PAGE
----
Hannigan wins first crown for ‘Dogs in 10 years
DENVER — For the first time in a decade, a member of Palisade High School’s wrestling team is coming back to the Western Slope with a state championship.
Junior Dalton Hannigan became the first Bulldog to earn state glory since Travis Bounds in 2003 on Saturday night at the Pepsi Center. Hannigan dominated the Class 4A title match at 126 pounds from the get-go, using four takedowns and a near fall to post a 12-4 major decision over Cheyenne Mountain’s Bobby Amond.
“We’ve had a lot of kids close; we just keep getting better here,” Palisade coach Brian Rush said. “We’ve had a lot of kids place high and had a few in the finals but just haven’t quite got that (title).
“Dalton did a fantastic job tonight. I’m very proud of him; he wrestled as well as he could.”
Hannigan was coming off a pair of close decisions Friday, but an early takedown set the tone in the finals. Amond flipped Hannigan and nearly had a reversal and back points before Hannigan pushed him off.
From there, the junior notched a second takedown and back points to go up 6-1. Hannigan credited teammate Trevor Garcia, who has a similar style to Amond, for avoiding a rough situation.
“He wrestles just like that kid does,” Hannigan said. “(Garcia has) a lot of throws and stuff, and practicing with him throughout the season helped me learn how to get out of situations where I end up on my back and arching and bridging out of it.”
Hannigan increased his lead to 9-1 going into the third period, and despite a late reversal, avoided making a crucial mistake down the stretch.
“I heard the second ref counting down from five,” he said. “I was down on his legs and I felt him just give up. That last whistle, a rush of just everything went through my body.”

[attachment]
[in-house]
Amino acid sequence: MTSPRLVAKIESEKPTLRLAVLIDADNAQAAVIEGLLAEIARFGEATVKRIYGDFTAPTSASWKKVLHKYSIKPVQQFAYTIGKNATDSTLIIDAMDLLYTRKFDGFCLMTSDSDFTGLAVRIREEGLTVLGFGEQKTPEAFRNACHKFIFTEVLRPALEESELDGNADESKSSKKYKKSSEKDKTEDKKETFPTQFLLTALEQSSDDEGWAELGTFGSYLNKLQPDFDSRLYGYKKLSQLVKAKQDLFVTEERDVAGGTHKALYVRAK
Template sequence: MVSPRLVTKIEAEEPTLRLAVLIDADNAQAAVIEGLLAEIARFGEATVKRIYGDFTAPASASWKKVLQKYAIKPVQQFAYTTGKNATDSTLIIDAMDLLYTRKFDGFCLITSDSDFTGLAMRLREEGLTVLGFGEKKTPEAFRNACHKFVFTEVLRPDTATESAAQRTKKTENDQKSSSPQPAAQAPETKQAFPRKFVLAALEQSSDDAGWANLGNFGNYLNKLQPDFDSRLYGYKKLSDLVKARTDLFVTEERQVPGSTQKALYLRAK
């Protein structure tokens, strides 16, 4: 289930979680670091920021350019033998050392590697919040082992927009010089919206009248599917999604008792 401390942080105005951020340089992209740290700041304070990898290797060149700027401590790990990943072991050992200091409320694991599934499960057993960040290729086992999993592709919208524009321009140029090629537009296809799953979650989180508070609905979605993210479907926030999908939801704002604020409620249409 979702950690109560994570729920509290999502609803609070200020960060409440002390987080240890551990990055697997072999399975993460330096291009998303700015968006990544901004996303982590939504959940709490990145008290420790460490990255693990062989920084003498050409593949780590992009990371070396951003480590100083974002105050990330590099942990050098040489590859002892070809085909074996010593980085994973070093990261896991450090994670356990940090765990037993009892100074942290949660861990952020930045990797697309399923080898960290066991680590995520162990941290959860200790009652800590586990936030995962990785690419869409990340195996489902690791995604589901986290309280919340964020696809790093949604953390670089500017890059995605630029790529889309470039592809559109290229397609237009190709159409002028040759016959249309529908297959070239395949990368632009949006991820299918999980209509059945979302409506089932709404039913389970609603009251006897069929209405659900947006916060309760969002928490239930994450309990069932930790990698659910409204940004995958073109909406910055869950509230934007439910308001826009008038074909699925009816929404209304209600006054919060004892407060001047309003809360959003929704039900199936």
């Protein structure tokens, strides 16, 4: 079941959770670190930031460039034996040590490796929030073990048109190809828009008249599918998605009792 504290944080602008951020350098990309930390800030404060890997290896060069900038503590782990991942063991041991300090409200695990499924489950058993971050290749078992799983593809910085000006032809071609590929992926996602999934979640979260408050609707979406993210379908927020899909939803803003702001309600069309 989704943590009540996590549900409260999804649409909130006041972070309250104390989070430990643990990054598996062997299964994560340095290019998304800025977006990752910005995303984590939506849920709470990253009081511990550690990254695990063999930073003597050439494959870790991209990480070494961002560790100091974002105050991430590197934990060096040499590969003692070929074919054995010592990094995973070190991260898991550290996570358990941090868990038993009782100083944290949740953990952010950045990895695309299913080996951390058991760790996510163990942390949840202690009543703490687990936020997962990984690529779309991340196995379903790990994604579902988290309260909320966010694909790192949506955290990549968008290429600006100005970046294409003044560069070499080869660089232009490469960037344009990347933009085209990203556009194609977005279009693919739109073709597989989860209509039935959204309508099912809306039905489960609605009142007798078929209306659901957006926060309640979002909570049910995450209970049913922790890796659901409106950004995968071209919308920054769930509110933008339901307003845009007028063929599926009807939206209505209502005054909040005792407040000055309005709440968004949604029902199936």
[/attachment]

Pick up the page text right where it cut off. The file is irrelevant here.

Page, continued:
Rush said Hannigan’s conditioning was better than anyone he wrestled throughout the tournament.
“He was on a mission,” Rush said.
For his part, Hannigan’s thoughts were with former Bulldogs who came so close, adding that it was an honor to bring home a state title.
The next challenge: becoming the first multi-champion since Dan Burke, who won three titles in the mid-1990s.
“Winning a title this year is really going to make me push twice as hard next year to hopefully bring home another one,” he said.
Broomfield won the Class 4A team title with 140.5 points. Palisade was 12th with 40.5.
Palisade senior Justin Ray capped an impressive prep career with a fifth-place finish at 132 pounds. After opening Saturday with a pin of Rifle’s Coy Zang, he dropped a one-point decision to Pueblo West’s Travis Myers.
Ray rebounded to pin Thompson Valley’s Tanner Williams in 56 seconds.
“I’d love to have a state title but it doesn’t always work out,” Ray said. “Honestly, just coming here and being a three-time state placer and four-time state qualifier is quite the feat. Most kids don’t get to even experience it.”
Williams had edged out Ray by a point in the finals of the regional tournament last weekend, but Ray caught him Saturday and earned the pin.
“I was more patient than I was last time,” Ray said. “Last time I was rushing my shots; I wasn’t finishing them, so he was able to scramble on me.”
Montrose junior Jesus Casillas also placed fifth, taking a 4-2 overtime victory against Broomfield’s Austin Harris at heavyweight.
Casillas opened Saturday with a victory by decision before getting pinned in the third period by Silver Creek’s Tuli Laulu.
“It was a good match all and all,” Casillas said. “It was a good weekend.”
The junior was the only Montrose wrestler to place, but the team returns four of its five state qualifiers next season.
“I’m hungry for gold. That’s all I’ve got to say,” Casillas said. “I’m going to come back next year and get first place. That’s on my mind right now.”